nursing staff to initiate the process. When a change in staff has occurred or when the
author has utilized a new facility there has been a significant learning curve for the
nursing and support staff. However, this learning curve was relatively brief (several
weeks) and, subsequently, nursing staff has competently handled the most difficult of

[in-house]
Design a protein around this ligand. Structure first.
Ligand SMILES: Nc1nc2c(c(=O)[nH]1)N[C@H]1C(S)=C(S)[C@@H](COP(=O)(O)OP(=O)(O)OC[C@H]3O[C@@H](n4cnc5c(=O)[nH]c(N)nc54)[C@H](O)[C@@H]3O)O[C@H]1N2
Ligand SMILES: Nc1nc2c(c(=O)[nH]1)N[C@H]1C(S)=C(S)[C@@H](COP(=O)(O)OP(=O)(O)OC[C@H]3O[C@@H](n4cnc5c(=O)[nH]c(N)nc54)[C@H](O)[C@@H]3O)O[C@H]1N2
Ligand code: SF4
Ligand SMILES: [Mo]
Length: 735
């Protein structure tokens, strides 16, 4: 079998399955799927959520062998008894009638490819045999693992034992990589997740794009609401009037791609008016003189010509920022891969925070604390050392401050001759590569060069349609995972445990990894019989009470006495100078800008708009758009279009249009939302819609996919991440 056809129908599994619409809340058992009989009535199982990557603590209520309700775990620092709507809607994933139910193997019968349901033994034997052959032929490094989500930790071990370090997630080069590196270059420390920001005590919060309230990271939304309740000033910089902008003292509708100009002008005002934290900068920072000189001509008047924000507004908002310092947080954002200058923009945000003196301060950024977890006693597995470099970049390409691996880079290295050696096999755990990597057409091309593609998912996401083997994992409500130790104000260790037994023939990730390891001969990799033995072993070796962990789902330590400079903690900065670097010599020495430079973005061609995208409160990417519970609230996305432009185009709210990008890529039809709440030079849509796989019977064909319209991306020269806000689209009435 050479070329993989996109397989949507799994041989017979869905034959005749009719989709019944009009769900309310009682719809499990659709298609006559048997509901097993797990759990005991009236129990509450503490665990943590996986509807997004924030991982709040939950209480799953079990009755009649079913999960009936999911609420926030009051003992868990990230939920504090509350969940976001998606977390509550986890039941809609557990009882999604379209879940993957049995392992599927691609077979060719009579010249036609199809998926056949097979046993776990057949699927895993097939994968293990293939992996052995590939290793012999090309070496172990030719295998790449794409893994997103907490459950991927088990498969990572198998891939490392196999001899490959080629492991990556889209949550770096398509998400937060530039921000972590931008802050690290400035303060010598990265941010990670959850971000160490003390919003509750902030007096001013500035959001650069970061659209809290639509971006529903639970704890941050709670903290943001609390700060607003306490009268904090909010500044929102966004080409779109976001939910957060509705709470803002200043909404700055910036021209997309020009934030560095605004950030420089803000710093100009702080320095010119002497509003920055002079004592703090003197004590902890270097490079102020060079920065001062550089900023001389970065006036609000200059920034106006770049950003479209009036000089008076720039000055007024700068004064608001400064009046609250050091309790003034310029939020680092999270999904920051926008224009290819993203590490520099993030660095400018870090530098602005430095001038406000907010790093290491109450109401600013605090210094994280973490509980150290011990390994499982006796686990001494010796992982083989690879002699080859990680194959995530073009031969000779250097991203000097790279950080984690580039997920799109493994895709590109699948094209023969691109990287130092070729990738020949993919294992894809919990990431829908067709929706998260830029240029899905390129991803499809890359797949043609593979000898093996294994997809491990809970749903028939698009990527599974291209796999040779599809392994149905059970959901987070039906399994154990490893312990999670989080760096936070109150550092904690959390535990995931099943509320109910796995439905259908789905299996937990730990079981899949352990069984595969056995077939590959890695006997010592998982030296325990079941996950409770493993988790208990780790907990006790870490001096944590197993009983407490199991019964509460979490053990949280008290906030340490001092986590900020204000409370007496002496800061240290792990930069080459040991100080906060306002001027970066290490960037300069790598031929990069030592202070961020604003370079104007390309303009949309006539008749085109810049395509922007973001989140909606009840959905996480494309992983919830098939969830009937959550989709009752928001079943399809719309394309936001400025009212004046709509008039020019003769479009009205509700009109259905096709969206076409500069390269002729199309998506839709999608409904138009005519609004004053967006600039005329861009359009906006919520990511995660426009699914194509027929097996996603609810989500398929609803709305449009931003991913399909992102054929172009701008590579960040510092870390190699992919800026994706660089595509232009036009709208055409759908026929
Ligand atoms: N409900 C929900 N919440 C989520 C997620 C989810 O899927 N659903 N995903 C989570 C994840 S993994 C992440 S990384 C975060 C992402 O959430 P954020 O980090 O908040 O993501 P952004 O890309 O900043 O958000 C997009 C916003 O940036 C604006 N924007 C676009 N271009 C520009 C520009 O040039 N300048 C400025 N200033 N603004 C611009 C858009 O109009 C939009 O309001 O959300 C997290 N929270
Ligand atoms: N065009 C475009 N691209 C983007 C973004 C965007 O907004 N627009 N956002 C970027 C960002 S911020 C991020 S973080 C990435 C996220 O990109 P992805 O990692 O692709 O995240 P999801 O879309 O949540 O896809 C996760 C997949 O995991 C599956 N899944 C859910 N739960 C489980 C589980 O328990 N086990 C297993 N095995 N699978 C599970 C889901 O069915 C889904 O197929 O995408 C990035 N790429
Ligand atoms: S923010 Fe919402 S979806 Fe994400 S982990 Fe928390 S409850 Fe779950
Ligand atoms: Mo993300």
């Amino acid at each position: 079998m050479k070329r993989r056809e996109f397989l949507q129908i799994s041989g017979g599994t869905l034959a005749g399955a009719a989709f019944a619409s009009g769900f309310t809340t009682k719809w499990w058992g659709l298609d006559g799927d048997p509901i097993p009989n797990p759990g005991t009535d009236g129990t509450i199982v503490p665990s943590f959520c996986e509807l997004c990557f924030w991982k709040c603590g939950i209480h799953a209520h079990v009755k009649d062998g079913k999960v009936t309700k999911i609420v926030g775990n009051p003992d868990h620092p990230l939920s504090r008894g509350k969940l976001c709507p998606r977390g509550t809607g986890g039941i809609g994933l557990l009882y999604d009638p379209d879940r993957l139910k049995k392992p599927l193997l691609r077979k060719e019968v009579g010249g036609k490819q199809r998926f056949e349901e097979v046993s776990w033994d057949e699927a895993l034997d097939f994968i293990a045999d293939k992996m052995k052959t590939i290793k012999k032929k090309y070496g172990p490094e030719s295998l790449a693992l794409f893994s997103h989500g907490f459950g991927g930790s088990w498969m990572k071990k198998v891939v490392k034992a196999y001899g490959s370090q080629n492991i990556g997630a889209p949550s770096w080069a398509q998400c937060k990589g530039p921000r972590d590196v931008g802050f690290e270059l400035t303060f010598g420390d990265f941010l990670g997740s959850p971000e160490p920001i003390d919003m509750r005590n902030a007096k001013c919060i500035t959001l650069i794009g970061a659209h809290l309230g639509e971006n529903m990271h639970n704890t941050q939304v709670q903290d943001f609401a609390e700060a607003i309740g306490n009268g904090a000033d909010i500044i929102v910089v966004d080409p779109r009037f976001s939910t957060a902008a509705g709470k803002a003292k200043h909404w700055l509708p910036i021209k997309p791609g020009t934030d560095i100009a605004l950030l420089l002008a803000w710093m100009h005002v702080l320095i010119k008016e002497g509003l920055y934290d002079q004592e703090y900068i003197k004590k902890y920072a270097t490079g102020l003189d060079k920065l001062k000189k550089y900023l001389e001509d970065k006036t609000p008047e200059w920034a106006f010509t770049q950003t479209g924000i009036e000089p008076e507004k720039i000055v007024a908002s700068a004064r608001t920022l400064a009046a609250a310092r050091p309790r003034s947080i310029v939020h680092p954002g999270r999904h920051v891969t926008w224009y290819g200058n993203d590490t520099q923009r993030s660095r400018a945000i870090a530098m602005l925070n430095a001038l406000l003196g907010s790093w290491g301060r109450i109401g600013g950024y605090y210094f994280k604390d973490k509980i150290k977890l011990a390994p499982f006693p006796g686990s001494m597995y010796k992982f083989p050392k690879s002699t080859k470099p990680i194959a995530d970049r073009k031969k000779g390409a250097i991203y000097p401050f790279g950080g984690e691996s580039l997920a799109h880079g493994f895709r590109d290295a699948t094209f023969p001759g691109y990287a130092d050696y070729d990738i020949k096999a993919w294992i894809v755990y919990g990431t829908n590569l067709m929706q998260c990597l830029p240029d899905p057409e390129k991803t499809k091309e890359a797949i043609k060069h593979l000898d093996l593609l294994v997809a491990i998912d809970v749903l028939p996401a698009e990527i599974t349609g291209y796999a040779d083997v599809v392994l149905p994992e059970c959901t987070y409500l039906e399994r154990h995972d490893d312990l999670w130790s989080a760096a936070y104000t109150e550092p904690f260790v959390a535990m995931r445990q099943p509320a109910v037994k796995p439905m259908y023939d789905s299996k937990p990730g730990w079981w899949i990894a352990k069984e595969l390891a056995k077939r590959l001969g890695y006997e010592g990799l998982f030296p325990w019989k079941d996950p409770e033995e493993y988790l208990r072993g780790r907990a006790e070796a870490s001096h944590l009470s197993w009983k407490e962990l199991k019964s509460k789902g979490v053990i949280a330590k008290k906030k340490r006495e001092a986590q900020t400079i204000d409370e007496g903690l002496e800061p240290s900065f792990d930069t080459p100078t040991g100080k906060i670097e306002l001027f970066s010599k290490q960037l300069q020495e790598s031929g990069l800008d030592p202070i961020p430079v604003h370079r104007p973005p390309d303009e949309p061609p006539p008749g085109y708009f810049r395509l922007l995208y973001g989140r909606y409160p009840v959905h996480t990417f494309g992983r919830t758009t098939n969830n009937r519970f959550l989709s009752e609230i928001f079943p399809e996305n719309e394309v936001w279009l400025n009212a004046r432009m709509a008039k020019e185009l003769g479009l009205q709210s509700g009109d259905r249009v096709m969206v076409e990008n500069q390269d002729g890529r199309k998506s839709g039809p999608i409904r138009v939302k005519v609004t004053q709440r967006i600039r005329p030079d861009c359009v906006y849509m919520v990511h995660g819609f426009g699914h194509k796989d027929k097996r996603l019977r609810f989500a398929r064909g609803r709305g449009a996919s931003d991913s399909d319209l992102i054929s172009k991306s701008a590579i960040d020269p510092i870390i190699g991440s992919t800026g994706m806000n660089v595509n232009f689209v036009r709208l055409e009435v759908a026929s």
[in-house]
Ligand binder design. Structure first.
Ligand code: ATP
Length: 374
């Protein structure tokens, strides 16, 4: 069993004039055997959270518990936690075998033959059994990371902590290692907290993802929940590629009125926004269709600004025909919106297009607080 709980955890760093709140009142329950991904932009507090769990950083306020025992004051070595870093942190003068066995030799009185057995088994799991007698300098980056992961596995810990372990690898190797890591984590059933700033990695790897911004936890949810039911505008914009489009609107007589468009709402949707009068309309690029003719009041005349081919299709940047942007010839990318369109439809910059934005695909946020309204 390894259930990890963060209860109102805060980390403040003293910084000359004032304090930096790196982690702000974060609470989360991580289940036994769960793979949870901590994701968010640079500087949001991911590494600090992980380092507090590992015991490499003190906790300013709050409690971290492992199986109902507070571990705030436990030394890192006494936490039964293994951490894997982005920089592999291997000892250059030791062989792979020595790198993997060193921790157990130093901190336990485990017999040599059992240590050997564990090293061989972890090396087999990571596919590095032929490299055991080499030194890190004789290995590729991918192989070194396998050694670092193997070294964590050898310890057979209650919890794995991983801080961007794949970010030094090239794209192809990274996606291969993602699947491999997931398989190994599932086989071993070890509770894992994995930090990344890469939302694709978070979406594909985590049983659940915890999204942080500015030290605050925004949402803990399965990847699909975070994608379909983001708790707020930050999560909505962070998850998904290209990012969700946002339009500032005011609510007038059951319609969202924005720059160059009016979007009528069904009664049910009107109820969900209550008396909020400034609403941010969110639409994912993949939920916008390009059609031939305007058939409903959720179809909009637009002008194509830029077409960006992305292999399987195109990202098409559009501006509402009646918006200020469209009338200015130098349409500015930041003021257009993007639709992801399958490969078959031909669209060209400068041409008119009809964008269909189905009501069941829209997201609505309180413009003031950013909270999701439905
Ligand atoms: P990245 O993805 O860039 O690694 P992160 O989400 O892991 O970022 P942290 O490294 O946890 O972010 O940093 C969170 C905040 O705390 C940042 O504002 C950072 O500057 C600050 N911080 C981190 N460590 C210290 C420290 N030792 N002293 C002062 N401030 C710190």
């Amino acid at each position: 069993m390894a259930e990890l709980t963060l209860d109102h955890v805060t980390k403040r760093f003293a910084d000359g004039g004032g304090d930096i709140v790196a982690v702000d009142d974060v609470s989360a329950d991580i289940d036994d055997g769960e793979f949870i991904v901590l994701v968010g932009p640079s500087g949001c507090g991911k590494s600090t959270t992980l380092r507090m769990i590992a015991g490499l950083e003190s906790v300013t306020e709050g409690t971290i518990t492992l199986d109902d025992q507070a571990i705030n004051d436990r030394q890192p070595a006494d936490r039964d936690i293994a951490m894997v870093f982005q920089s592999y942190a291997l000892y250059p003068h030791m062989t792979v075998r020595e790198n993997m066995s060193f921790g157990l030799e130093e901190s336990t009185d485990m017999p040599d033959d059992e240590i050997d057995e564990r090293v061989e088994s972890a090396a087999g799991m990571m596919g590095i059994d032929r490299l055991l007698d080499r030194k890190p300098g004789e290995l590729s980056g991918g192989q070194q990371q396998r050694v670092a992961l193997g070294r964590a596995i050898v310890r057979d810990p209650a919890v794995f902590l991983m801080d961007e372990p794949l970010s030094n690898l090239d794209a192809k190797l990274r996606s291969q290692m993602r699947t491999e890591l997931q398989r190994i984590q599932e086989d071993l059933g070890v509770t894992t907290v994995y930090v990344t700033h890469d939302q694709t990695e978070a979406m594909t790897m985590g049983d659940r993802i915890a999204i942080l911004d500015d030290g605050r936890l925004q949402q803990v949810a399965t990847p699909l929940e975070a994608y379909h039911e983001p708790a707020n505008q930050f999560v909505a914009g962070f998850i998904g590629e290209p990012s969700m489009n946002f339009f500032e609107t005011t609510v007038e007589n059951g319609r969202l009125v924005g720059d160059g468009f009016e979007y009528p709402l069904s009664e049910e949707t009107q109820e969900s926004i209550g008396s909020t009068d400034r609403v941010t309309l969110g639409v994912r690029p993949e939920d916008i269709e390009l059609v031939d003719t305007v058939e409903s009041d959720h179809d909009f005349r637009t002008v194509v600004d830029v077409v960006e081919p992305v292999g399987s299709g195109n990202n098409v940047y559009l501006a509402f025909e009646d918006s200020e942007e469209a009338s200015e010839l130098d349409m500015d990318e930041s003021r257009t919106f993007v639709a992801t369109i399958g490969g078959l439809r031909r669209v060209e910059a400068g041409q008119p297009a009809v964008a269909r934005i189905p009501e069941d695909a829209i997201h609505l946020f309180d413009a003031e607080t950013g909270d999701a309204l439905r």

presentations involving the physician in crisis management only at such times as the
patient's response to the protocol was severe or unusual.
From very early in this experience the facility used has been capable of lockdown if
necessary. Earlier facilities were typically unlocked but could be locked if a particular
patient's behavior required this response. This is mentioned because of the rather